Normally an addition that can be built by-right under city law, the structure must pass muster with the LPC because they landmarked the existing home, a 1905 Craftsman, last November. Owner Horst Bansner had objected to the landmarking application, which had been filed by neighbors after he told them of plans to add the additional dwelling for his father. 

While neighbors still spoke in opposition to any plans to add a structure in the unique garden in front of the home, commissioners found fault with the design itself, which was too ornate in part and too stark in others. 

“The front seems to be developed in one way and the sides in a different way,” said Parsons. 

Commissioners also wanted to see poles erected to show what impact the new structure would have on the views of the existing house from the sidewalk in front, which is considerably lower than the house itself. 

Members faulted city staff for not providing them with an initial statement, a document they said was required under the California Environmental Quality Act when alterations were made to historic structures. While city staff said that the report wasn’t needed, the commission disagreed and voted to ask for the document to be prepared. 

They also voted to delay action until Bansner returned with a report on story poles verified by a licensed surveyor.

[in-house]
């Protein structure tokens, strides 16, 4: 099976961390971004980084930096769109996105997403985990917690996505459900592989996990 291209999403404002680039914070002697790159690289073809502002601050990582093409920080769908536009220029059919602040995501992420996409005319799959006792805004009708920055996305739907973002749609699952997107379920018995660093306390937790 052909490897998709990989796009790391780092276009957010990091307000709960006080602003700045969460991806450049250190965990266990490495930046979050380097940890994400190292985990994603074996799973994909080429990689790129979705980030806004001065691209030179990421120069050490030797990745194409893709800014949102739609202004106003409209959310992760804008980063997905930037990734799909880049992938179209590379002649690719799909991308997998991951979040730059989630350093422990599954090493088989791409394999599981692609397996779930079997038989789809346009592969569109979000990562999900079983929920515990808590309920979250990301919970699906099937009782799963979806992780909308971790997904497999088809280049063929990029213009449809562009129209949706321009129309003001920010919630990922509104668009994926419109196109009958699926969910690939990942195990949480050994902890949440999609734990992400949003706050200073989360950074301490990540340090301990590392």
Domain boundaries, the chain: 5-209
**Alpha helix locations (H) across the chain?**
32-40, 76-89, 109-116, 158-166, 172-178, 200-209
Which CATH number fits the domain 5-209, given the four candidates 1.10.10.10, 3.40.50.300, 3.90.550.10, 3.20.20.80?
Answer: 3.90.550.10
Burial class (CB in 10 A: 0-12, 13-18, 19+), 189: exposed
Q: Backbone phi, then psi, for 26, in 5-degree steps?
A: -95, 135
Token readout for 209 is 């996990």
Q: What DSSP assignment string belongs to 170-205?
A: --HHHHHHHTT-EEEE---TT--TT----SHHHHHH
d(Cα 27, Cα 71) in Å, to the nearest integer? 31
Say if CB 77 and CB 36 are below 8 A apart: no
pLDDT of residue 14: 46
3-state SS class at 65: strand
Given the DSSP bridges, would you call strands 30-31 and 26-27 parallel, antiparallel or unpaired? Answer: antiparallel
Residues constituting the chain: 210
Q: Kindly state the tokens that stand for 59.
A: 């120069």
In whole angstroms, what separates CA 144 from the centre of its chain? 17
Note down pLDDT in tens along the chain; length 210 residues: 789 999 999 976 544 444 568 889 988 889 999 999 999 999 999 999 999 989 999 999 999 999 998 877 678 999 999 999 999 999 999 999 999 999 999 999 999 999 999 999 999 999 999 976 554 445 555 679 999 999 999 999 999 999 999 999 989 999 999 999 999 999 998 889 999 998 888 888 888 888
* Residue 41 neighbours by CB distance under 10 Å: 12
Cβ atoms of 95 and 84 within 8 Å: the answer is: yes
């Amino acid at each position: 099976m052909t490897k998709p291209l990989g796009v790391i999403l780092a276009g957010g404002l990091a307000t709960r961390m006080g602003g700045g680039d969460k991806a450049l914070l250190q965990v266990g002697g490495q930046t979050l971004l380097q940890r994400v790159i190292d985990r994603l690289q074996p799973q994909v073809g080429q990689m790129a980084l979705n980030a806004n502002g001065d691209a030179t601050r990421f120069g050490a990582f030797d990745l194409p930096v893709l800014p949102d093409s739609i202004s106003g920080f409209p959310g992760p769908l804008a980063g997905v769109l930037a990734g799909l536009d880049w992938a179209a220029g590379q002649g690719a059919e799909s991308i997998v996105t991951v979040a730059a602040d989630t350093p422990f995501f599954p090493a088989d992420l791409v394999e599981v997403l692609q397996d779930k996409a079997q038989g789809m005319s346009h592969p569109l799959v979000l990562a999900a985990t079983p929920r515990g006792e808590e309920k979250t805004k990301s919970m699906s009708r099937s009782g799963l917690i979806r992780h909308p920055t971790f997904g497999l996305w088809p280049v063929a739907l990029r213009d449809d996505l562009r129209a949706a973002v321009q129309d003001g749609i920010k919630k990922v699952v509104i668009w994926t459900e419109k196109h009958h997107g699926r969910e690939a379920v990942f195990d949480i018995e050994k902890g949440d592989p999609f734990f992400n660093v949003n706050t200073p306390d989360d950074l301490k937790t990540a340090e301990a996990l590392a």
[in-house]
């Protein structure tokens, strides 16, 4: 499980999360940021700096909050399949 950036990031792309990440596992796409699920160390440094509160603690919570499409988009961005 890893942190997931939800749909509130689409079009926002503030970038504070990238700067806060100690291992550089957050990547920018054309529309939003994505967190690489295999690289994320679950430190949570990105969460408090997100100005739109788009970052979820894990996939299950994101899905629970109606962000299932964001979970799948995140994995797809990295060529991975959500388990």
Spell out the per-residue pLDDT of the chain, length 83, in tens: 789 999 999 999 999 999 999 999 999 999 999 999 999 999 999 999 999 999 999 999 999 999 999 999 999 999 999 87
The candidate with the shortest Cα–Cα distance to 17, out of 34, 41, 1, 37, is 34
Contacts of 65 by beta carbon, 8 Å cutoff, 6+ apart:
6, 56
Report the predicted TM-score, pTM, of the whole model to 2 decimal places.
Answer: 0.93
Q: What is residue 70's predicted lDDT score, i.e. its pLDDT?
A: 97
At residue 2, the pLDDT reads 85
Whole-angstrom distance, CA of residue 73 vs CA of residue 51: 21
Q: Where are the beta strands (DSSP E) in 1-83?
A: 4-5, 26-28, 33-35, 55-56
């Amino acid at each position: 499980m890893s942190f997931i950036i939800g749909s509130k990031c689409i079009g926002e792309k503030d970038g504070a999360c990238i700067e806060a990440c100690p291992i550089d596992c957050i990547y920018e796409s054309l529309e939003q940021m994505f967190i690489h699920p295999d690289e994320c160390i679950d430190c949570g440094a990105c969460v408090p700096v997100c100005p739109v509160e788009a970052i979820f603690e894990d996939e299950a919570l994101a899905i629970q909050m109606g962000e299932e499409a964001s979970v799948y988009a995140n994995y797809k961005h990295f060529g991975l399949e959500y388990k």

2411 Fifth Street 

Commissioners gave their retroactive approval to the removal of siding from a recently designated structure of merit—the city’s category for historic resources of less than pristine integrity—while withholding a decision on a plan to move and raise the Victorian cottage slightly and to build a new residence at the rear of the property. 

Architect Ed Levitch presented preliminary sketches for both structures, but only sought official action on removing the siding on the existing cottage—a retroactive approval, given that city planning staff had already but erroneously issued the permit without LPC approval and the siding had already been removed. 

Levitch said the owner, Laura Fletcher, wants to transform the existing 1892 Queen Anne cottage into two dwelling units, one on each floor. 

She will also be seeking approval of an additional new two-story dwelling at the rear of the property, and Levitch presented preliminary plans for comments. The commission will have say over the final plans for both projects. 

The property had been designated a structure of merit in November over Fletcher’s objections.